On Prayer

On Prayer

On Prayer

On Prayer

Synopsis

Having taken over the leadership of the French school of sociology after the death of his uncle, Emile Durkheim, in 1917, Mauss, celebrated author of The Gift, re-launched the flagship journal, the Année sociologique. Here are two of Mauss's most significant statements on the social sciences. The first, written with Fauconnet, outlines the methodological orientations of the school. The second examines the internal organization of sociology as a division of intellectual labor. The essays are of interest to anthropologists as well as sociologists for Mauss, like Durkheim, did not distinguish in detail the two disciplines.

Excerpt

It is a remarkable fact that prayer as a subject on its own has scarcely been studied by anthropologists, let alone by sociologists. Mauss's work on the subject makes him one of the few scholars with anthropological interests who have tackled it. In this, as in other ways, he stands out as a pioneer.

Marcel Mauss, born in 1872, was the nephew of Emile Durkheim (1858–1917). As the founder in France of sociology as a university discipline in the late nineteenth century, Durkheim's later influence spread far and wide. Both men were born in Epinal in Lorraine and both were agnostic, with a deeprooted Jewish family background. Further, they shared a common and sensitive interest in religion (Pickering 1984; 1998). This is apparent not least in this little-known but important study Mauss made of prayer, which is translated here into English for the first time.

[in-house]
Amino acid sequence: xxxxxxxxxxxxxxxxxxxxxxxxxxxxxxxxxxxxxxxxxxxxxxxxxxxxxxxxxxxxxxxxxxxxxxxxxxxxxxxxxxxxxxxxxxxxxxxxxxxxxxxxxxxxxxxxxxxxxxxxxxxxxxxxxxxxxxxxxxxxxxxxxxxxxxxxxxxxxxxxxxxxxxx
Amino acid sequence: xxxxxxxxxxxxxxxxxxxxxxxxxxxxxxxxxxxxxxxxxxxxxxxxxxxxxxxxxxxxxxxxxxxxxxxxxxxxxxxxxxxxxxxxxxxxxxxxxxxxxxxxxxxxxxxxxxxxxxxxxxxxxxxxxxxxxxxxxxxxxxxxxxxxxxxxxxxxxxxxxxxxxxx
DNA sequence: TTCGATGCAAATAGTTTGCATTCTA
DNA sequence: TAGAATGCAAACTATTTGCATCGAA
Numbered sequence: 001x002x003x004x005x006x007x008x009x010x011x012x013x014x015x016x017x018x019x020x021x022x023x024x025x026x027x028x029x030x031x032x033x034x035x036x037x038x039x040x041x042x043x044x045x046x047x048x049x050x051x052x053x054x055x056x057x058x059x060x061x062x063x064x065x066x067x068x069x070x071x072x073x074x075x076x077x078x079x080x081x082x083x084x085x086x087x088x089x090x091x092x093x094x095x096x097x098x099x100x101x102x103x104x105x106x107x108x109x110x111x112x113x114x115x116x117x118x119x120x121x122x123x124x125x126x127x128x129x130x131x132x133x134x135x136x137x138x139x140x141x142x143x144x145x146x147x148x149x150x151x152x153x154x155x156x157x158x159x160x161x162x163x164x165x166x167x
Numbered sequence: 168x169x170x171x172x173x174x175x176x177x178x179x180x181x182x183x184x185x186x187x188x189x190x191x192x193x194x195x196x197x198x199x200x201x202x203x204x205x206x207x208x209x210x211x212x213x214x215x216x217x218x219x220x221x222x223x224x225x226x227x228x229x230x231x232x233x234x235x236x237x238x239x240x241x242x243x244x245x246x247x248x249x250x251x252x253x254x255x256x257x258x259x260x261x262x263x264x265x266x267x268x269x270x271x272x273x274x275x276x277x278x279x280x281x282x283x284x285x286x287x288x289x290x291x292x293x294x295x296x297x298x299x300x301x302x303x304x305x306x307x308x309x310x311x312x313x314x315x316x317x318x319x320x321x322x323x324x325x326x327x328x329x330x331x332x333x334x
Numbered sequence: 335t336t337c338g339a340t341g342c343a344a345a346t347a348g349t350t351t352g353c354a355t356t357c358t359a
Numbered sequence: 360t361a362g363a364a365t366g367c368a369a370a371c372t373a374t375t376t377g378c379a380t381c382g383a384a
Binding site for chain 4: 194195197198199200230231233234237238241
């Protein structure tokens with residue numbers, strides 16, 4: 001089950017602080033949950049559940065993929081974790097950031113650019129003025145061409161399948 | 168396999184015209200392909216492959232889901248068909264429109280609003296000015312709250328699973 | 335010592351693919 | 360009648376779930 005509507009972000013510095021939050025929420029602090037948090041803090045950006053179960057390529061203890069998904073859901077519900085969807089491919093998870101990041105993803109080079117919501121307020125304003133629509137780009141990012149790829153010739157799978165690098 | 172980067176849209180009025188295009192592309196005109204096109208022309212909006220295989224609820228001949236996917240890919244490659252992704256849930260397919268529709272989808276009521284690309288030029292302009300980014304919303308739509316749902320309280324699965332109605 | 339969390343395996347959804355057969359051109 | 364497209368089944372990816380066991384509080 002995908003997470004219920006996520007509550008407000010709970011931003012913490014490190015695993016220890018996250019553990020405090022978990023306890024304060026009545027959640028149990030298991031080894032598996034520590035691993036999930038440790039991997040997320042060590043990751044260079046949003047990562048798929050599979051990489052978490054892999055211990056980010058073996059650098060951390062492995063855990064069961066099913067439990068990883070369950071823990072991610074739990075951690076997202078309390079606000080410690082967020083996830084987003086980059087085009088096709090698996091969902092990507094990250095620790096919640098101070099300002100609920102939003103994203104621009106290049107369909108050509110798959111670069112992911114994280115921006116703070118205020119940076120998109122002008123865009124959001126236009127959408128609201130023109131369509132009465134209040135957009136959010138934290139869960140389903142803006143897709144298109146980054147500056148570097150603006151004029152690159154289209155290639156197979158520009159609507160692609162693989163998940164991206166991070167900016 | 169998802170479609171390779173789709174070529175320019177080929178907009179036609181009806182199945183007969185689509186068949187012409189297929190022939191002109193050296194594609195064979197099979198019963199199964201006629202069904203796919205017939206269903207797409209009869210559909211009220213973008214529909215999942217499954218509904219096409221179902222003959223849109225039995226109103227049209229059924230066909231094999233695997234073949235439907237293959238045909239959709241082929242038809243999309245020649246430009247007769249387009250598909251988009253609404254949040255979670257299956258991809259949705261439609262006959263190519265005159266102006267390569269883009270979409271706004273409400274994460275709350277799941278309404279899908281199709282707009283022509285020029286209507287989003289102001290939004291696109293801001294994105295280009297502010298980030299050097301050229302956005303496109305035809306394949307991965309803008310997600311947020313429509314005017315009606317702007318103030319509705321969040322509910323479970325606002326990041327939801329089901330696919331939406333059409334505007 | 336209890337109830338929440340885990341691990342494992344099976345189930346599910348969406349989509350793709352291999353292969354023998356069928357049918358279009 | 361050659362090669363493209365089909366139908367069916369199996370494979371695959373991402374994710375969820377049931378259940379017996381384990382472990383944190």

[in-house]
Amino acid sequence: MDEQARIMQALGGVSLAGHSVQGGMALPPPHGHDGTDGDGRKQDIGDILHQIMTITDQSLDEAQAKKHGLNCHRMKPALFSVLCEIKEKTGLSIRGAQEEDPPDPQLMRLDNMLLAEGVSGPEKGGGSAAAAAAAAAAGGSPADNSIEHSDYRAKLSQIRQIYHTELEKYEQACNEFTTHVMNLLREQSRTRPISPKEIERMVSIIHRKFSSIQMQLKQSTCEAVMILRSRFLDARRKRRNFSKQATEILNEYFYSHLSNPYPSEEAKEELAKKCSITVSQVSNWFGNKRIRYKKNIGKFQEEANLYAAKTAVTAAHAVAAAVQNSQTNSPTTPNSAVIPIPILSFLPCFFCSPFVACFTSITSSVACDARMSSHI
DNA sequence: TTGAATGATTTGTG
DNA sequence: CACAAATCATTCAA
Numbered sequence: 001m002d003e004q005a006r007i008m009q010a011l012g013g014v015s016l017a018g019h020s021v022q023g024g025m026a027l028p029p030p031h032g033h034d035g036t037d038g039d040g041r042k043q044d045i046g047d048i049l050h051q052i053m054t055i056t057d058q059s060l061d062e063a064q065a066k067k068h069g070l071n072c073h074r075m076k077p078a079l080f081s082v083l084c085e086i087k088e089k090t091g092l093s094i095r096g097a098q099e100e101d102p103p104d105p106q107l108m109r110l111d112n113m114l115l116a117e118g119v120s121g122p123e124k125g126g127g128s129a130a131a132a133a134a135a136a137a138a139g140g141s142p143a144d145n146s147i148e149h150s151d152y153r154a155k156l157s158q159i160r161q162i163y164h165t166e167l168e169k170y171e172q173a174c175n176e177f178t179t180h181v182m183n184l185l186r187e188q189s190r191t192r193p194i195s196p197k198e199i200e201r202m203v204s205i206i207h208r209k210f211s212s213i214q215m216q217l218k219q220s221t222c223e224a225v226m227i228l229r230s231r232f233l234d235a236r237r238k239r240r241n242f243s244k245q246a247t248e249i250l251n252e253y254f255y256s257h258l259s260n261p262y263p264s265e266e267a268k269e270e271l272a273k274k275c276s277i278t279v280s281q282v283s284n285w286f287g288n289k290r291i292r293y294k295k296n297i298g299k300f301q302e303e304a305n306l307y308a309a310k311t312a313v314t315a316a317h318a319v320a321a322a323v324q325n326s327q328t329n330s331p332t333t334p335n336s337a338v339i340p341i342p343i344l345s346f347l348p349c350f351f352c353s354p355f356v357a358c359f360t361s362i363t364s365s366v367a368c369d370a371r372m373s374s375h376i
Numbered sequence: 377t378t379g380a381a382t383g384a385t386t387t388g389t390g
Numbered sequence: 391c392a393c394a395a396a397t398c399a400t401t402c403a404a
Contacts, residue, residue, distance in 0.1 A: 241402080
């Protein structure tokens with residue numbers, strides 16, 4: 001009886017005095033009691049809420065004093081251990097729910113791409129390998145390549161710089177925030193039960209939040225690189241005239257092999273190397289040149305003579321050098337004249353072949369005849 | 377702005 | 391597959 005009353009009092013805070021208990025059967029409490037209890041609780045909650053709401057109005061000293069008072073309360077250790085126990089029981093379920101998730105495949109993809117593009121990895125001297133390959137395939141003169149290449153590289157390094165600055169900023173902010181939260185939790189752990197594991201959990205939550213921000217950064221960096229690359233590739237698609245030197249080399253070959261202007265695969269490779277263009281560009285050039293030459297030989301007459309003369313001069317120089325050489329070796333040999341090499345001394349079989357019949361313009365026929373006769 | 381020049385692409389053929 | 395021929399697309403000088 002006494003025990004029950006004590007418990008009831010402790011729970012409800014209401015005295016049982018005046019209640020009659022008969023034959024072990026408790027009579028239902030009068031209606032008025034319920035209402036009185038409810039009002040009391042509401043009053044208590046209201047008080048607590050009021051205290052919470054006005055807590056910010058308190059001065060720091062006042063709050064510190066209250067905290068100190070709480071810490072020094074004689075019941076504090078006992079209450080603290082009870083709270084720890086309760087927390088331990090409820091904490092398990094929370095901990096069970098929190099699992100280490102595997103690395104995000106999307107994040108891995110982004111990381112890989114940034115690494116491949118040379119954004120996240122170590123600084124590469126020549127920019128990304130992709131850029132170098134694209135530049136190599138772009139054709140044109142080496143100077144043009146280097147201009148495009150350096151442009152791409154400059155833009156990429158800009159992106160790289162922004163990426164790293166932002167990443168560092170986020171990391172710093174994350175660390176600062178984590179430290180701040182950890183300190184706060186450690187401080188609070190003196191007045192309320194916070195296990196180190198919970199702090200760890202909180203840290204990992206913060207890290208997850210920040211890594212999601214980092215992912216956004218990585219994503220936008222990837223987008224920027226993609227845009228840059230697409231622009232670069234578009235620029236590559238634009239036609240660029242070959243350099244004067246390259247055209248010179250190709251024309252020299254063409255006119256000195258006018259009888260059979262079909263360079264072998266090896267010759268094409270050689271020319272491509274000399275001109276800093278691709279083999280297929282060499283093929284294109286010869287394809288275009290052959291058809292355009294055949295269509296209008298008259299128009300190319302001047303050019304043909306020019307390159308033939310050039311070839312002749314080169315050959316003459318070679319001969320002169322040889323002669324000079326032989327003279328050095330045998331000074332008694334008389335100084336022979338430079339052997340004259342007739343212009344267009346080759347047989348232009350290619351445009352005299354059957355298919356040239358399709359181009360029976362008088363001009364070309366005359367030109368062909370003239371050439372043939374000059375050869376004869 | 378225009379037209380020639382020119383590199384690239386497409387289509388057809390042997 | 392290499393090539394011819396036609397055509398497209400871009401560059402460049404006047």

Mauss's work on prayer was to have constituted a doctoral thesis. However, the completing of theses was something of a bête noire to him. While he was at Bordeaux University, finishing his agrégation in philosophy under the patriarchal eye of his uncle, he had decided that when he went to Paris to study for a doctorate, his minor thesis — his Latin thesis — would be on Spinoza, the philosopher of Jewish origin, and his relation to Leo the Hebrew (Mauss 1979). In fact when he came to Paris in 1895 with this in mind, he abandoned it two years later, having met a M. Couchoud who seems to have undermined his resolve (ibid.). For some time before, Mauss had decided to study philology, including Semitic languages and religion, in the Ecole Pratique des Hautes Etudes, Vth section, which had as its aim the scientific study of religion—les sciences religieuses. Optimistically he thought that here he could write his major thesis, which was at first called ‘Sur les Origines de la prière’, in the matter of a . . .

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